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Regathering: How Family Reunions Remind Me Of Church

  • Payton Armstrong Contributing Writer
  • Published Aug 12, 2004
Regathering: How Family Reunions Remind Me Of Church

Are you starved by the church, but hungry for God? Our new “Regathering” series, featuring several authors, including AJ Kiesling, will examine the journeys of burned out churchgoers and how they are communing with God and The Body in fresh ways.

Tennessee enjoys distinct seasonal changes, unlike Florida or Alaska. With the exception of summers – long, hot, and humid –each season comes and goes with standard fanfare: vibrant colors of autumn draping rolling hillsides, just enough snow in winter for the annual snowball fight, and spring’s April showers that “bring May flowers.”

I favor autumn over the other three seasons. Something magical occurs as Creation busily prepares for hibernation. Fall colors cap off an eventful summer in a grand finale fireworks display while clean, crisp air reminds us that the concept of air conditioning didn’t originate with man.

Now, though, the summer days swelter with an intensity that even tall shade trees with dense foliage can’t beat. Fried chicken and deviled eggs adorn red and white checkered table cloths as crazy Uncle Eddie and kooky Aunt Flo grace everyone with their obnoxious presence at the annual family reunion. “They’re different and a little strange, but they’re family,” we say while biting our tongues before we start a game of horseshoes. “We love them anyway,”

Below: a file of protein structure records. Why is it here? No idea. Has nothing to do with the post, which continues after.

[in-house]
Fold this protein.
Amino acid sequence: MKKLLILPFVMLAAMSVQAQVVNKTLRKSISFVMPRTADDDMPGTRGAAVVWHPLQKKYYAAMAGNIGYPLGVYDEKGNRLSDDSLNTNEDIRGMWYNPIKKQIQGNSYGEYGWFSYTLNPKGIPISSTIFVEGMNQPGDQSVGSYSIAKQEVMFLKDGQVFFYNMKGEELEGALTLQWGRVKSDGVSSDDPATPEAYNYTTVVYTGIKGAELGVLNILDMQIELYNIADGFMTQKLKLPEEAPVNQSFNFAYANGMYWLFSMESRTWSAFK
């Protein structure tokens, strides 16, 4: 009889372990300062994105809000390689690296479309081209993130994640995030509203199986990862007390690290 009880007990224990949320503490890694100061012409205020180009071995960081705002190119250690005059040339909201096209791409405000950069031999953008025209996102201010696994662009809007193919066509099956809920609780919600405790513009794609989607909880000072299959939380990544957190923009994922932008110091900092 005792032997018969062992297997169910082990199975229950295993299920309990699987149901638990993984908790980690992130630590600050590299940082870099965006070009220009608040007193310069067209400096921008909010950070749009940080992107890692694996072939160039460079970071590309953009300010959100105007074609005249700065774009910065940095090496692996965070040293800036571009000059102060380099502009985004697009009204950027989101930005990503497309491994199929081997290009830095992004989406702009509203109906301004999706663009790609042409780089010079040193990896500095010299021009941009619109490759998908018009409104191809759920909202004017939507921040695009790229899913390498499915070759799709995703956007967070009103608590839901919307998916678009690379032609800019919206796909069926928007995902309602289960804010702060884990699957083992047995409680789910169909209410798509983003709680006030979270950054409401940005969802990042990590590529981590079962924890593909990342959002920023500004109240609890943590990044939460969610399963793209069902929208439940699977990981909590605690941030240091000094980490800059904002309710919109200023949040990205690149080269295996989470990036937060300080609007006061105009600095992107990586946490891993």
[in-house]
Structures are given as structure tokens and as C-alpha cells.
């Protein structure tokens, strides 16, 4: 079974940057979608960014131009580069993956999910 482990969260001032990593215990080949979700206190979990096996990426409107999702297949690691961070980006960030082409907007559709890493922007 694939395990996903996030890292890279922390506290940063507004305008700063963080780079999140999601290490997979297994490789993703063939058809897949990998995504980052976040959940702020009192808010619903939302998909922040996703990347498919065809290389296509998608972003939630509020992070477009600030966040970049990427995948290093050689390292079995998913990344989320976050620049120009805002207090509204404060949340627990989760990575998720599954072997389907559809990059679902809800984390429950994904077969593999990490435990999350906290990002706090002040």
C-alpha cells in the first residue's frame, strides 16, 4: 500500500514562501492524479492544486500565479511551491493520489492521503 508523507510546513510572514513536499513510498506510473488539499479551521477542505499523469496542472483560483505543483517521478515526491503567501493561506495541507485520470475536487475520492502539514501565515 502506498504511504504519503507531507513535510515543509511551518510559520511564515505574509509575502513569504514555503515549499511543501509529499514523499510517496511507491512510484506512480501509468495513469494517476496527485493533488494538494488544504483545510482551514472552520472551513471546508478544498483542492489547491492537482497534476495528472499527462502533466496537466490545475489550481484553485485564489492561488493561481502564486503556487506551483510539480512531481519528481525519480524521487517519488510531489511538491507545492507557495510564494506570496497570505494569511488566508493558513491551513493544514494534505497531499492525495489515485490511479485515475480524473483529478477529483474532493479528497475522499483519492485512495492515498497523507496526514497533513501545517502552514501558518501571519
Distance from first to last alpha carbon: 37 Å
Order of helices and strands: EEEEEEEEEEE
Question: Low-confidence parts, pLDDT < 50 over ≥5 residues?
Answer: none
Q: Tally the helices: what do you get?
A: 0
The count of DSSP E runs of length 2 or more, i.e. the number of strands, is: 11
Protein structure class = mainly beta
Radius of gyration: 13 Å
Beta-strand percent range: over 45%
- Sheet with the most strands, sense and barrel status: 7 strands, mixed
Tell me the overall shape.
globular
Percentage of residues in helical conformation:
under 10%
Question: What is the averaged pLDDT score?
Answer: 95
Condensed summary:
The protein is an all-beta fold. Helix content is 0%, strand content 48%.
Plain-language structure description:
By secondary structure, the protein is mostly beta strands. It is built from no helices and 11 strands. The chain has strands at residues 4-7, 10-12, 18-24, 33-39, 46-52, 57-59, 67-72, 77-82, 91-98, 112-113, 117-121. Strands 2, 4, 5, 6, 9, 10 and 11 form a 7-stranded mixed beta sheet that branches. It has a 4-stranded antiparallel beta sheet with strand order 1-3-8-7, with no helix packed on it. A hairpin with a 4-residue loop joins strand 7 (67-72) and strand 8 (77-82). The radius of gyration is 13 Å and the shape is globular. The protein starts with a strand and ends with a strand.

Funny thing, this concept of extended families getting together all at one time.

Despite a blood-is-thicker-than-water commonality where similarities, mutual understanding, and unity would seemingly abound, family reunions often make it painfully obvious that birds who flock together aren’t always of the same feather.

That’s how I feel at a typical church service. At first, people greet each other with assuming sincerity. Then they go through shallow conversational rituals.

“Hi, how are you?”

“Fine, how are you?”

“Fine, thanks.”


Or, “Hey, get a load of that hair!” (or lack thereof) snickered to a friend.

Or, “Hey, you kids, no running!”

Or, my favorite I-don’t-really-care-enough-to-use-the-phone-to-call-you question of “Wow, has it been that long since we’ve seen each other?”

Going to church reminds me of going to a family reunion. Especially large mega-churches where form and fashion have superseded substance and sincerity. It’s just not appealing anymore. I don’t want to do it.

Having spent over two-thirds of my life going to church, I confess that at various stages of maturity, I’ve been guilty of these same shallow conversational rituals. That’s how I know they exist. I’ve been there. I’ve lived in the bubble.

And I imagine that if you know what I mean by “bubble” you’ve been there too. Maybe you still are.

Pop Goes The Bubble